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Yale infested by lifestyle proto-fascist

Constant readers will recall that I reserve a very special old pale grade of really choice bile for the lifestyle-totalitarian junk scientists, a.k.a., the jackbooted thugs who want to confiscate your cheeseburgers, who lurk over at the Center for Science [sic] in the Public Interest [very sic]. I’m sorry to report that the CSPI is now being aided and abetted by a sort of daughter coven — to wit, a foul species of organization calling itself the Center for Eating and Weight Disorders, directed by one Kelly Brownell. As an Old Blue (Yale Class of ’92), furthermore, I am particularly grieved to see that in addition to being a CSPI board member and certified weasel, this Brownell is a Yale professor. And he’s not just a research scientist buried in a lab, or a teacher of obscure seminars attended by six or seven graduate students. He’s a pillar of the undergraduate community with maximal student contact: Brownell is the “master” of Silliman College , which is one of the largest of Yale’s twelve “residential colleges” — in other words, he presently mentors and acts in loco parentis to hundreds of Yale College students. Let me try to show why that ought to frighten you as much as it does me.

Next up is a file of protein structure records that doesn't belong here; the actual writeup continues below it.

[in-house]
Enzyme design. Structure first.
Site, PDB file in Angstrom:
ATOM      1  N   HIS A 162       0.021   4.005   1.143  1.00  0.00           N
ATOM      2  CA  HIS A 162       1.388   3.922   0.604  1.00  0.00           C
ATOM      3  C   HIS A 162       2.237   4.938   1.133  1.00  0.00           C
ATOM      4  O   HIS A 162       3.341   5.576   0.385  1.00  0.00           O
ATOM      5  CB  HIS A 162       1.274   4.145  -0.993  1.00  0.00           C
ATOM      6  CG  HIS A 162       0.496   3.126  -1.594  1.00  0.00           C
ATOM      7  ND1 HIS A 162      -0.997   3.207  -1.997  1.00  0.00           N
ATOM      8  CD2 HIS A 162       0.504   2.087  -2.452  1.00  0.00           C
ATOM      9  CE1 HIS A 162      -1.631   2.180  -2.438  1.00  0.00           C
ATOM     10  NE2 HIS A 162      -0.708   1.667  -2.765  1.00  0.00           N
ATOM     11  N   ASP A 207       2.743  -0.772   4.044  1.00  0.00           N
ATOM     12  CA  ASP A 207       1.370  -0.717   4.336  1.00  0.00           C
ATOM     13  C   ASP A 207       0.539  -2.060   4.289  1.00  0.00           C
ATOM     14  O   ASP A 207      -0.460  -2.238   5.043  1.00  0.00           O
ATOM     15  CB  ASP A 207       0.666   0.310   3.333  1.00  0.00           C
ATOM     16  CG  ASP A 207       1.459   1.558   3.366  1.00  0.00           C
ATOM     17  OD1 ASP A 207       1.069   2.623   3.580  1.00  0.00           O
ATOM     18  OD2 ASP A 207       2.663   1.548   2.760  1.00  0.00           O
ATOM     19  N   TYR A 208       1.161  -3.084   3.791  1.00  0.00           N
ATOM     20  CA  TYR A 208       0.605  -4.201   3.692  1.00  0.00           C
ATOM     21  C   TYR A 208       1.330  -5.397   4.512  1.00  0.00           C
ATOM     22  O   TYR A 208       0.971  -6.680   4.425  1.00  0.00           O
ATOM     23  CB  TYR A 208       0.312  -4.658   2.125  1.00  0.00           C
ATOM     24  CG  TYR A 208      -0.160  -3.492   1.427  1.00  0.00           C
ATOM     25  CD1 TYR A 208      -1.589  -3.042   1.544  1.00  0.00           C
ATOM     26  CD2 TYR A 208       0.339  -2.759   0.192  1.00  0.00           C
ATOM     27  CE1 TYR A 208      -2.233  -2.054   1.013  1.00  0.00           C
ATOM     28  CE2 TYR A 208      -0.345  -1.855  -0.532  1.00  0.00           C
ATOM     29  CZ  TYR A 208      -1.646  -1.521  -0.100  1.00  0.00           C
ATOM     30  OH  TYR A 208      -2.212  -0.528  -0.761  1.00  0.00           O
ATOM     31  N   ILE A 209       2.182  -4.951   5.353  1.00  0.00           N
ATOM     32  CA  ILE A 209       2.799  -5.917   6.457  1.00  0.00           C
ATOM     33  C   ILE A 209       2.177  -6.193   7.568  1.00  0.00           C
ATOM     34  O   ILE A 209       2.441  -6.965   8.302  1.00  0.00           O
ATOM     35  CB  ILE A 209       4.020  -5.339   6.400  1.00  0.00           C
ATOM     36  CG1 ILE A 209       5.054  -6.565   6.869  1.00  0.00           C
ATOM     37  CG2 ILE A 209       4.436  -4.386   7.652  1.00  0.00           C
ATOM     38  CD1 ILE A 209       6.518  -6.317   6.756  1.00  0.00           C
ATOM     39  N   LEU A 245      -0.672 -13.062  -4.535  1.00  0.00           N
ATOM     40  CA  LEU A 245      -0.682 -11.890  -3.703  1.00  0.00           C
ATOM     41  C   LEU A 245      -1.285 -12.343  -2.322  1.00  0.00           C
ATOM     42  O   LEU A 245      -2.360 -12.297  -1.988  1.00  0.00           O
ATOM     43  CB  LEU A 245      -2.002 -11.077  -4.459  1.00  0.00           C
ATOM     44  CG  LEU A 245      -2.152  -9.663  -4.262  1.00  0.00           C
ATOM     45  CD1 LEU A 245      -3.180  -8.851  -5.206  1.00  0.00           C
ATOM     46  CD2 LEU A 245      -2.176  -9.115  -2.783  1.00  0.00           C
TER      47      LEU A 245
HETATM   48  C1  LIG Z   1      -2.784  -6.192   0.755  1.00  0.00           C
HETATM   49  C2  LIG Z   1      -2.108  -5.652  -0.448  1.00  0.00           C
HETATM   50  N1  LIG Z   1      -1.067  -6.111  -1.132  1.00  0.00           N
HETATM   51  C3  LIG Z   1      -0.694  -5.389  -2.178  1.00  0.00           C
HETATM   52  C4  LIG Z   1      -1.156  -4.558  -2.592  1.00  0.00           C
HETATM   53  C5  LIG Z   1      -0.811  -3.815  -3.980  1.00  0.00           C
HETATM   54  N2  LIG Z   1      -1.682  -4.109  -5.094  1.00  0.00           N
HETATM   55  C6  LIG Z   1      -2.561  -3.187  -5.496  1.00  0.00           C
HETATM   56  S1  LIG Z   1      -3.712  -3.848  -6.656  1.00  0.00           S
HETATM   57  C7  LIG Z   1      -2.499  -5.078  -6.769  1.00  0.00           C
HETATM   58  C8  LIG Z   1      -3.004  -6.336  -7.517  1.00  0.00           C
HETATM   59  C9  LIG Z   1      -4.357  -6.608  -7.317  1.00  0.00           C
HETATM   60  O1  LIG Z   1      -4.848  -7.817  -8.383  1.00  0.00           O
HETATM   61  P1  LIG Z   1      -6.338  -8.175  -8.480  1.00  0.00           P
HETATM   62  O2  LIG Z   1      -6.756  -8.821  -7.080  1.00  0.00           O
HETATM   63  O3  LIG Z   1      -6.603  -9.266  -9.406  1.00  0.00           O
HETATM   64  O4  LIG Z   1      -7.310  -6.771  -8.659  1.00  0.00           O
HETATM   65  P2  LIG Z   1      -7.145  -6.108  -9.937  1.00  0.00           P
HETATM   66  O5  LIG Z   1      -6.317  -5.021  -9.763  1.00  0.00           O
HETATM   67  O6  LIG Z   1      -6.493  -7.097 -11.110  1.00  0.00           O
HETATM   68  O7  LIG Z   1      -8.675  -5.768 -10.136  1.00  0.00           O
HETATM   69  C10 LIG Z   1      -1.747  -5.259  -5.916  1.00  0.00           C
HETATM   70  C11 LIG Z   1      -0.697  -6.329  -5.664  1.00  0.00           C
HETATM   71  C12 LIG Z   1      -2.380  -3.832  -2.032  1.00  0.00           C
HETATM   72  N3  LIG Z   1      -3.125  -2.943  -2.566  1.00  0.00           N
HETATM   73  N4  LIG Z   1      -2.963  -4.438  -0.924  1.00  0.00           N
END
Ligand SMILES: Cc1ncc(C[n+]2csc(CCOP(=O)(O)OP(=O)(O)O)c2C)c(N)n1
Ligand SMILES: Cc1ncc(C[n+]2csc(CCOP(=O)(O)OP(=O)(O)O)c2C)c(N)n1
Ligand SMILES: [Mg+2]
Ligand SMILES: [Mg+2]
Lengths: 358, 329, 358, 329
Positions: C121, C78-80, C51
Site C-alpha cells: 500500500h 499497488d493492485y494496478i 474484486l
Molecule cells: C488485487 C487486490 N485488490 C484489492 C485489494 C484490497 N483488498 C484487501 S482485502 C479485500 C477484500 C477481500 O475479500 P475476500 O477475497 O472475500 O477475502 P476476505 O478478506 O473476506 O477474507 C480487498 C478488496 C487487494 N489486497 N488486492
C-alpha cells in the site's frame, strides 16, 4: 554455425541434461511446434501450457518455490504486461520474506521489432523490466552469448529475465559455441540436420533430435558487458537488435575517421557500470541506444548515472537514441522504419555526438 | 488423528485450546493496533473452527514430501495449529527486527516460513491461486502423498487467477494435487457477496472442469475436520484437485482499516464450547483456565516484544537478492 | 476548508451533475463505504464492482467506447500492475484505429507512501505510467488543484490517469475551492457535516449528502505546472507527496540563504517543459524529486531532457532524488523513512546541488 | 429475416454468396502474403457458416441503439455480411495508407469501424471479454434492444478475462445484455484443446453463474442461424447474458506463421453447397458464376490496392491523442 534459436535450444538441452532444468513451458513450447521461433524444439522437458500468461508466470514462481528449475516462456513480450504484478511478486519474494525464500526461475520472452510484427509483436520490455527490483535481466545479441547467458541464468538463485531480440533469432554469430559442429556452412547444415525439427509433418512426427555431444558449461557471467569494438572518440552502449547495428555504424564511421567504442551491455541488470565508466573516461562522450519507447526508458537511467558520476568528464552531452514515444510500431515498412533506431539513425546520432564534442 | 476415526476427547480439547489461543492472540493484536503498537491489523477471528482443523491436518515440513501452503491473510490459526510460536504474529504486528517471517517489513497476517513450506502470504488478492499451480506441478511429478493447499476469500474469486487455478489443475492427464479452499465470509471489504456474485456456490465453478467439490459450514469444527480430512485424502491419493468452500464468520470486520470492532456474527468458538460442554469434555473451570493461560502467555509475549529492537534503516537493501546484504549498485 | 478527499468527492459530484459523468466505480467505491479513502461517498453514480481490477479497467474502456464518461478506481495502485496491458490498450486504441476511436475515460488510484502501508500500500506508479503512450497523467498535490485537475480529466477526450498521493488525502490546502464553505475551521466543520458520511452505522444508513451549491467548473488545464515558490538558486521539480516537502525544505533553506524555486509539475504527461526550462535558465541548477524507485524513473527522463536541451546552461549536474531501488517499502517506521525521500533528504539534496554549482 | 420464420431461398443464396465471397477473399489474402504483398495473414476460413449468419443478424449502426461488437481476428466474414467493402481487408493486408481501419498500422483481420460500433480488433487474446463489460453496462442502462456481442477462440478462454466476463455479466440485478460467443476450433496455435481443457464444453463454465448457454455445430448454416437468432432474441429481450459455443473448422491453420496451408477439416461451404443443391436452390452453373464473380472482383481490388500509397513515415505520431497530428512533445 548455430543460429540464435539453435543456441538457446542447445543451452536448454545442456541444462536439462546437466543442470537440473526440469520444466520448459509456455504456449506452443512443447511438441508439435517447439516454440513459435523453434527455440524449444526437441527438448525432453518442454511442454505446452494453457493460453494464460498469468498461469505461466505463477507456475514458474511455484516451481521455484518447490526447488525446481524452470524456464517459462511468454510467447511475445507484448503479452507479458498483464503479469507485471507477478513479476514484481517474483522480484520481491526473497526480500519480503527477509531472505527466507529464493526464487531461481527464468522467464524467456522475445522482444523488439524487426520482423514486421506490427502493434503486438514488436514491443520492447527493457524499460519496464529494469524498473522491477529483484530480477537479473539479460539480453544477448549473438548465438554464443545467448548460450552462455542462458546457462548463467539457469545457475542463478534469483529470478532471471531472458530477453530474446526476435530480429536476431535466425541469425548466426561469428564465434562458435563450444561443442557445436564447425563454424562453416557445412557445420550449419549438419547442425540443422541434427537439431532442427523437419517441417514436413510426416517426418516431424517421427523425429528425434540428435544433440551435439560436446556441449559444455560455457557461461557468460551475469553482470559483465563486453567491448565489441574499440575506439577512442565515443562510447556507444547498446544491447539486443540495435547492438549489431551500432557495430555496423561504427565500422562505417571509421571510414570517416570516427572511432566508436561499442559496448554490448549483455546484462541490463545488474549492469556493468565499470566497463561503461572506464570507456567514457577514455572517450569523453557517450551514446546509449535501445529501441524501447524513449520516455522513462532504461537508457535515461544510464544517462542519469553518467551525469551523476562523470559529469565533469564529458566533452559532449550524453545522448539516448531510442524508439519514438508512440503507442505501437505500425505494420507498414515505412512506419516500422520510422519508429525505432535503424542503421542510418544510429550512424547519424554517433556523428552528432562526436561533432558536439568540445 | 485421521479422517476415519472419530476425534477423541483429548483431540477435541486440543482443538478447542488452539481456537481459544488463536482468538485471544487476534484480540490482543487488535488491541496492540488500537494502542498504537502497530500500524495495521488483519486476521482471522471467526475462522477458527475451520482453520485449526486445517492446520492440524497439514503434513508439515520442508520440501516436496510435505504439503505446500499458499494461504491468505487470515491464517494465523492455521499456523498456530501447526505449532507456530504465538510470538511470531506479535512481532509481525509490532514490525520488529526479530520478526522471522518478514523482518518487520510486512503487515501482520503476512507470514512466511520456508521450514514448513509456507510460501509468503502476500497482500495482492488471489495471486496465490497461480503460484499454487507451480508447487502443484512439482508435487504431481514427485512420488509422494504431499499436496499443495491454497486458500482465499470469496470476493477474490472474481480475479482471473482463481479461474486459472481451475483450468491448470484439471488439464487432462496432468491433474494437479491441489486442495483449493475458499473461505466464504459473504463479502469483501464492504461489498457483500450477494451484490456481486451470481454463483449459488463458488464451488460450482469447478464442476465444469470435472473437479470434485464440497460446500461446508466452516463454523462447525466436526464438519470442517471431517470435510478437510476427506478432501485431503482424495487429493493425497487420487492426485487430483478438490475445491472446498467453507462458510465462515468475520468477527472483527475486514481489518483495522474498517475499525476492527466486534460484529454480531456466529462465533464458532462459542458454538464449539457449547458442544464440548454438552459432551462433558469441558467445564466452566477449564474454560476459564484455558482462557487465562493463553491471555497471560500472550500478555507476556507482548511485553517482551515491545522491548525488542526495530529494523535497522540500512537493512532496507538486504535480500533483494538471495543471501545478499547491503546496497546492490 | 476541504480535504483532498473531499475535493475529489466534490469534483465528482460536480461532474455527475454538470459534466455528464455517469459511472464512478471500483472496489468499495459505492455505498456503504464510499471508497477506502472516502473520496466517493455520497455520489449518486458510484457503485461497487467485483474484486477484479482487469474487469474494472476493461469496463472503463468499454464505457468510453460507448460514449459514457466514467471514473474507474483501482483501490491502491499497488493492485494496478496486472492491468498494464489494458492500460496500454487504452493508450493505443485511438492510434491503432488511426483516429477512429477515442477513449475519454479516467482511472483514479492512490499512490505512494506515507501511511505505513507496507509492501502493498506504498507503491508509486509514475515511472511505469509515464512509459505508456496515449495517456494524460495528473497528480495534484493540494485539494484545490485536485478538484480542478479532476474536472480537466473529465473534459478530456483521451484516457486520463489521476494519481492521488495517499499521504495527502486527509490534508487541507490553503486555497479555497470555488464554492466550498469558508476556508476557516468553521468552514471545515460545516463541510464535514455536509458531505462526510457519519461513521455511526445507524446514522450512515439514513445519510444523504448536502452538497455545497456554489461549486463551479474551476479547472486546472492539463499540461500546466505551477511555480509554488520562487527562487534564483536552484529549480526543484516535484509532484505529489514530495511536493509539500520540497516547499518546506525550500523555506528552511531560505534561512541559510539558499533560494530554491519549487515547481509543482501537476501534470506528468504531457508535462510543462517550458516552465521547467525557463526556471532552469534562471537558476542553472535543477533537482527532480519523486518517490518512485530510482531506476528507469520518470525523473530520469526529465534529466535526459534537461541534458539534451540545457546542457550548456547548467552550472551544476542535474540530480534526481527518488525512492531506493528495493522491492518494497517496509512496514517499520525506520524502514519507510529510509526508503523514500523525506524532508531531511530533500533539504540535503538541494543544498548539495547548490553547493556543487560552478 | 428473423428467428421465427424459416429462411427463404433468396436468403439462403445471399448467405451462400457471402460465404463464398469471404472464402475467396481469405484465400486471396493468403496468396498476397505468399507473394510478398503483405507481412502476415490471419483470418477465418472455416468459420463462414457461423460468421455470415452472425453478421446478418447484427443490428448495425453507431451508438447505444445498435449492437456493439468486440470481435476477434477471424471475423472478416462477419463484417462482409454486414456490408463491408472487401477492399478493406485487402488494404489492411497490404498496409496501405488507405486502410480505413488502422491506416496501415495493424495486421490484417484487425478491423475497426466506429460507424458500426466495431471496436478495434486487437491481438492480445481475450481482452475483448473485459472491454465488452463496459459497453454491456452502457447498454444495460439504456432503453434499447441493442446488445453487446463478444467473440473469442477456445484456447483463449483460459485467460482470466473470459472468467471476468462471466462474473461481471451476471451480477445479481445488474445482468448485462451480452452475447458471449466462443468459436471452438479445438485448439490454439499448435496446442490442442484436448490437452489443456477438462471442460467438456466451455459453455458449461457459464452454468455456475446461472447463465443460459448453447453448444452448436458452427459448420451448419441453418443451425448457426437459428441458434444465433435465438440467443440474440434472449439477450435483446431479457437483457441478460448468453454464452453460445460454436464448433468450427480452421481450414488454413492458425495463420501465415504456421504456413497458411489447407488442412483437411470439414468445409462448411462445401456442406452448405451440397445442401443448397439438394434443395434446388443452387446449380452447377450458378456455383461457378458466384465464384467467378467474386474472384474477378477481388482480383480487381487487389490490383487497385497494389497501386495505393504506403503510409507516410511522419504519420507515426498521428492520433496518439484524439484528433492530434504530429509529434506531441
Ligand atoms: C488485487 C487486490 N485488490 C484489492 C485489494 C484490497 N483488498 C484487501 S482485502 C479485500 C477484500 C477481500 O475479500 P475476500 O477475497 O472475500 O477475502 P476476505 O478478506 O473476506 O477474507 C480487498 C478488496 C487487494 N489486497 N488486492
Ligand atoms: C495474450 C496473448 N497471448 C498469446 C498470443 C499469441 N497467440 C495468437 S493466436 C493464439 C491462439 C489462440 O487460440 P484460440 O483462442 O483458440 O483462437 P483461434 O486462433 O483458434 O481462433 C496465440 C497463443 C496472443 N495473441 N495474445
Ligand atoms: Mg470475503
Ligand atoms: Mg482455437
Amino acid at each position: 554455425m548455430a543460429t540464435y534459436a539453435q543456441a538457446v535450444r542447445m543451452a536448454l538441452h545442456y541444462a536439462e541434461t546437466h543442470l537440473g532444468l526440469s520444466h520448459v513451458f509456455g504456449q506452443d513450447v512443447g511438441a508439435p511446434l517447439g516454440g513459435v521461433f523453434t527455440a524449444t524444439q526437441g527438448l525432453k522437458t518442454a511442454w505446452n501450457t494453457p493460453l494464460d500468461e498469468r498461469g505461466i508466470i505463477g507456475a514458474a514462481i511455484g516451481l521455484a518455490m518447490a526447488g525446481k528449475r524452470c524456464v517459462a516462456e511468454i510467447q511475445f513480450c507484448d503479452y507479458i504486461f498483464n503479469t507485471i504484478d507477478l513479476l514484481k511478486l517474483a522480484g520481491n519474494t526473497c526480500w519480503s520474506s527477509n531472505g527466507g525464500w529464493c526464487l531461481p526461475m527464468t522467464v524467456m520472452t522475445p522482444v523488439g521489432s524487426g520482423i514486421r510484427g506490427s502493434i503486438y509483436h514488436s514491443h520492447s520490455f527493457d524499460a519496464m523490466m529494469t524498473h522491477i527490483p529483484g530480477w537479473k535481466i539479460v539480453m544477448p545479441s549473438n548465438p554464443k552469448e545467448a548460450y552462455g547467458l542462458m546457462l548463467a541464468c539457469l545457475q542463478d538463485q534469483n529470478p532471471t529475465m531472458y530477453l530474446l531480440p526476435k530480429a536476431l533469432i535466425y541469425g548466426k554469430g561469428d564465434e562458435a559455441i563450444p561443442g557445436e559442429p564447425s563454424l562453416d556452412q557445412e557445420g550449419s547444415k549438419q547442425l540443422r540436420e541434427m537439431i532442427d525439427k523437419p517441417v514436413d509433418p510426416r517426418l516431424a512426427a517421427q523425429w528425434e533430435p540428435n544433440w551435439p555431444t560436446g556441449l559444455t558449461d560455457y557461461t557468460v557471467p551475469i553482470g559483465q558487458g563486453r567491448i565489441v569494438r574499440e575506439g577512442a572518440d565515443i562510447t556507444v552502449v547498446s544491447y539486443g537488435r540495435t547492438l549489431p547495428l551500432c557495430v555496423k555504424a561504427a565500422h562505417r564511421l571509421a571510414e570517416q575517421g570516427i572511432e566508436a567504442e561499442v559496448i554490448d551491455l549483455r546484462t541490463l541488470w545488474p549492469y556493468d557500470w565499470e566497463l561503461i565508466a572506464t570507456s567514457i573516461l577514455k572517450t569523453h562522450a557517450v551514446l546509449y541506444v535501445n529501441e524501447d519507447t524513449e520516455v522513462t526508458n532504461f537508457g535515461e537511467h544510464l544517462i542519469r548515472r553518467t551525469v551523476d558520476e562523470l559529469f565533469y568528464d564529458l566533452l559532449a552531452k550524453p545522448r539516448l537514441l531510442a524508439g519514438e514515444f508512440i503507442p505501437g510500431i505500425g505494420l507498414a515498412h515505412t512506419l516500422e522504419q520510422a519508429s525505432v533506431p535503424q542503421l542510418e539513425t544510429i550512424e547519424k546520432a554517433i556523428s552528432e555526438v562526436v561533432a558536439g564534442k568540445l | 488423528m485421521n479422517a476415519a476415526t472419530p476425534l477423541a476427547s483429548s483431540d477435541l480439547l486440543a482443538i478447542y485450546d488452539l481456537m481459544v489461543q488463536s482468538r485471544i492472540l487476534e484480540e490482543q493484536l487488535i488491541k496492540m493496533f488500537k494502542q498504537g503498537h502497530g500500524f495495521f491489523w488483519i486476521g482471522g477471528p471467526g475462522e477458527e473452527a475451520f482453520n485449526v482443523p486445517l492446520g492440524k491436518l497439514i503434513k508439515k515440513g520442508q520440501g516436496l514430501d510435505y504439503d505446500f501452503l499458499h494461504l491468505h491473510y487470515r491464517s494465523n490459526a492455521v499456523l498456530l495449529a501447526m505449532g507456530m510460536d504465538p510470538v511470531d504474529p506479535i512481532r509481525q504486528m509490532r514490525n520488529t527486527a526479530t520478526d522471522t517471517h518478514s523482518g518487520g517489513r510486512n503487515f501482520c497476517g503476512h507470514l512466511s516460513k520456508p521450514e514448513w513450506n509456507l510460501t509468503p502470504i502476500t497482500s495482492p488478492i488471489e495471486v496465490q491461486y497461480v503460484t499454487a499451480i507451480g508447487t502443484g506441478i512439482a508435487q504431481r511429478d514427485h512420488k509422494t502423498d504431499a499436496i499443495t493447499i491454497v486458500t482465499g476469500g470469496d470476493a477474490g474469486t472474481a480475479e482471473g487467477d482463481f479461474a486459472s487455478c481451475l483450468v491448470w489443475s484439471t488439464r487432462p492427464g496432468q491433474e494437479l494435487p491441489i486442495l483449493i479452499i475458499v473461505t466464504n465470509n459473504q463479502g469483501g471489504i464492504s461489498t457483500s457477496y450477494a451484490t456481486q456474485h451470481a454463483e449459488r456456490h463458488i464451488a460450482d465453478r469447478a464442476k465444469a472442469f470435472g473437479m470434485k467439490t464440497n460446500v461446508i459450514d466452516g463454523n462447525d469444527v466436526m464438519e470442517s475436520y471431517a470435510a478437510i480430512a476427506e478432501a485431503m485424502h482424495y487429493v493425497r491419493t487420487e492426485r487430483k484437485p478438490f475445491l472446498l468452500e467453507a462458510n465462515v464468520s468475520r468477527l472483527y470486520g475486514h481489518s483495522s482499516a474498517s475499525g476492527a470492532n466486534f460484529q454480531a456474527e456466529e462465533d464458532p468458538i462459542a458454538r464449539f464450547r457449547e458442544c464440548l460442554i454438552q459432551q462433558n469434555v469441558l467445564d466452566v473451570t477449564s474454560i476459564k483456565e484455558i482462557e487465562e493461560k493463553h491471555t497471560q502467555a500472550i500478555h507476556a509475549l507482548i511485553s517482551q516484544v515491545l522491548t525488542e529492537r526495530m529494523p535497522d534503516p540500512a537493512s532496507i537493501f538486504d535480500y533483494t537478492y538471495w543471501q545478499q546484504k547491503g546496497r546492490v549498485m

Kelly Brownell is a man who deeply and sincerely wants to see fat go the way of tobacco — a man whose prescription for a healthy America consists of bloating the nanny state in order to enforce his strict nutritional precepts upon everyone in it. A recent Jeff Jacoby piece , featured last week on WorldNetDaily even as I was writing these paragraphs, quotes Brownell’s contention that “the government should subsidize the sale of healthy food, increase the cost of non-nutritional foods through taxes, and regulate food advertising to discourage unhealthy practices.” Now where, thought I to myself upon reading this, have I personally seen — and quoted — something like this before? Why, I do believe it was Kelly Brownell himself over at the CSPI site just last summer, making a pitch (scroll about three-fifths of the way down the page for the scary bits) to “subsidize the cost of healthy foods, so they cost less; increase the cost of bad foods, so they cost more; regulate food advertising aimed at children. …” Brownell goes so far as to insist there’s no difference between Ronald McDonald and Joe Camel — and he’s right, to the extent that the First Amendment ought to protect both, but won’t.